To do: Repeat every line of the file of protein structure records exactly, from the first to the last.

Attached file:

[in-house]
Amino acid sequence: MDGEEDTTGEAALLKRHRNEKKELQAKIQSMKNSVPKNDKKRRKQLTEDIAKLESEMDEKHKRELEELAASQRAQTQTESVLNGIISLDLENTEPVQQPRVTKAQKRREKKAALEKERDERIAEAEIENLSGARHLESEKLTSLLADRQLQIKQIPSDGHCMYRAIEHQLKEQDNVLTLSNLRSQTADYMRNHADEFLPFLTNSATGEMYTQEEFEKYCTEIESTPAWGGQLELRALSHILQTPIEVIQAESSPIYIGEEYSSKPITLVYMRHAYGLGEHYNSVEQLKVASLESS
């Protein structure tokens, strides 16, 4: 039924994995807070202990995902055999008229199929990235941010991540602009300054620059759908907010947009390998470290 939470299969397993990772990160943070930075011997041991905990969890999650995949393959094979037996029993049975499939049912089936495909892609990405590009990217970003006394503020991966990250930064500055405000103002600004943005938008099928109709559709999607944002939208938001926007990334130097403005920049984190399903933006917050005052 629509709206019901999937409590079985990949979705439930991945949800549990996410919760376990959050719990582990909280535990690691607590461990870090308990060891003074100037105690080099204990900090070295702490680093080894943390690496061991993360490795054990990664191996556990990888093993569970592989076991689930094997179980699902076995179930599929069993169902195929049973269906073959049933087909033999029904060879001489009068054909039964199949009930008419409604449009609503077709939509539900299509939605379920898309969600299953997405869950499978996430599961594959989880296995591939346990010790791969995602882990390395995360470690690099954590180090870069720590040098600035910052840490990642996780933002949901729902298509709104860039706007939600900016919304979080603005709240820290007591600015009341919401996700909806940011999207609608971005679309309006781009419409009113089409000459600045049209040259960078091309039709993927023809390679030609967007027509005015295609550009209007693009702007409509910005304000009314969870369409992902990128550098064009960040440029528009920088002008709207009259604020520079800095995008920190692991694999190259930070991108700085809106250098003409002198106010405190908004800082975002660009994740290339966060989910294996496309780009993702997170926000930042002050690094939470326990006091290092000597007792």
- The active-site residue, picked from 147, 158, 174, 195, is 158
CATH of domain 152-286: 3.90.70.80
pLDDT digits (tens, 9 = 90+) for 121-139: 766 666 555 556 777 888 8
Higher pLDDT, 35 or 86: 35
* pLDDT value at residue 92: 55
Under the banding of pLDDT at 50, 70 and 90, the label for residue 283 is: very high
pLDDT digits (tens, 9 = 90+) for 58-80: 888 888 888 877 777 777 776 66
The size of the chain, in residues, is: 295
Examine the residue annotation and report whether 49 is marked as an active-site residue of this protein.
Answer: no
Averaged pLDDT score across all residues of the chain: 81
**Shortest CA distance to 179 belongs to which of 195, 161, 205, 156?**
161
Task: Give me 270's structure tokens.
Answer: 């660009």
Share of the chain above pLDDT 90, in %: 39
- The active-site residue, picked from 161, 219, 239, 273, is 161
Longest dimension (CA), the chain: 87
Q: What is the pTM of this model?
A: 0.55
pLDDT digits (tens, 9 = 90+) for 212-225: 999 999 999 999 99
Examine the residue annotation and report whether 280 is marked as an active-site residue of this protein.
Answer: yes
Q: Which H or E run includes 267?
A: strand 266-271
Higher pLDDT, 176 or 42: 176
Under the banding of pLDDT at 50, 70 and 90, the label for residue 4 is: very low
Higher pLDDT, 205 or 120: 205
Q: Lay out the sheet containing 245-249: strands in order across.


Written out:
[in-house]
Amino acid sequence: MDGEEDTTGEAALLKRHRNEKKELQAKIQSMKNSVPKNDKKRRKQLTEDIAKLESEMDEKHKRELEELAASQRAQTQTESVLNGIISLDLENTEPVQQPRVTKAQKRREKKAALEKERDERIAEAEIENLSGARHLESEKLTSLLADRQLQIKQIPSDGHCMYRAIEHQLKEQDNVLTLSNLRSQTADYMRNHADEFLPFLTNSATGEMYTQEEFEKYCTEIESTPAWGGQLELRALSHILQTPIEVIQAESSPIYIGEEYSSKPITLVYMRHAYGLGEHYNSVEQLKVASLESS
């Protein structure tokens, strides 16, 4: 039924994995807070202990995902055999008229199929990235941010991540602009300054620059759908907010947009390998470290 939470299969397993990772990160943070930075011997041991905990969890999650995949393959094979037996029993049975499939049912089936495909892609990405590009990217970003006394503020991966990250930064500055405000103002600004943005938008099928109709559709999607944002939208938001926007990334130097403005920049984190399903933006917050005052 629509709206019901999937409590079985990949979705439930991945949800549990996410919760376990959050719990582990909280535990690691607590461990870090308990060891003074100037105690080099204990900090070295702490680093080894943390690496061991993360490795054990990664191996556990990888093993569970592989076991689930094997179980699902076995179930599929069993169902195929049973269906073959049933087909033999029904060879001489009068054909039964199949009930008419409604449009609503077709939509539900299509939605379920898309969600299953997405869950499978996430599961594959989880296995591939346990010790791969995602882990390395995360470690690099954590180090870069720590040098600035910052840490990642996780933002949901729902298509709104860039706007939600900016919304979080603005709240820290007591600015009341919401996700909806940011999207609608971005679309309006781009419409009113089409000459600045049209040259960078091309039709993927023809390679030609967007027509005015295609550009209007693009702007409509910005304000009314969870369409992902990128550098064009960040440029528009920088002008709207009259604020520079800095995008920190692991694999190259930070991108700085809106250098003409002198106010405190908004800082975002660009994740290339966060989910294996496309780009993702997170926000930042002050690094939470326990006091290092000597007792």
- The active-site residue, picked from 147, 158, 174, 195, is 158
CATH of domain 152-286: 3.90.70.80
pLDDT digits (tens, 9 = 90+) for 121-139: 766 666 555 556 777 888 8
Higher pLDDT, 35 or 86: 35
* pLDDT value at residue 92: 55
Under the banding of pLDDT at 50, 70 and 90, the label for residue 283 is: very high
pLDDT digits (tens, 9 = 90+) for 58-80: 888 888 888 877 777 777 776 66
The size of the chain, in residues, is: 295
Examine the residue annotation and report whether 49 is marked as an active-site residue of this protein.
Answer: no
Averaged pLDDT score across all residues of the chain: 81
**Shortest CA distance to 179 belongs to which of 195, 161, 205, 156?**
161
Task: Give me 270's structure tokens.
Answer: 């660009």
Share of the chain above pLDDT 90, in %: 39
- The active-site residue, picked from 161, 219, 239, 273, is 161
Longest dimension (CA), the chain: 87
Q: What is the pTM of this model?
A: 0.55
pLDDT digits (tens, 9 = 90+) for 212-225: 999 999 999 999 99
Examine the residue annotation and report whether 280 is marked as an active-site residue of this protein.
Answer: yes
Q: Which H or E run includes 267?
A: strand 266-271
Higher pLDDT, 176 or 42: 176
Under the banding of pLDDT at 50, 70 and 90, the label for residue 4 is: very low
Higher pLDDT, 205 or 120: 205
Q: Lay out the sheet containing 245-249: strands in order across.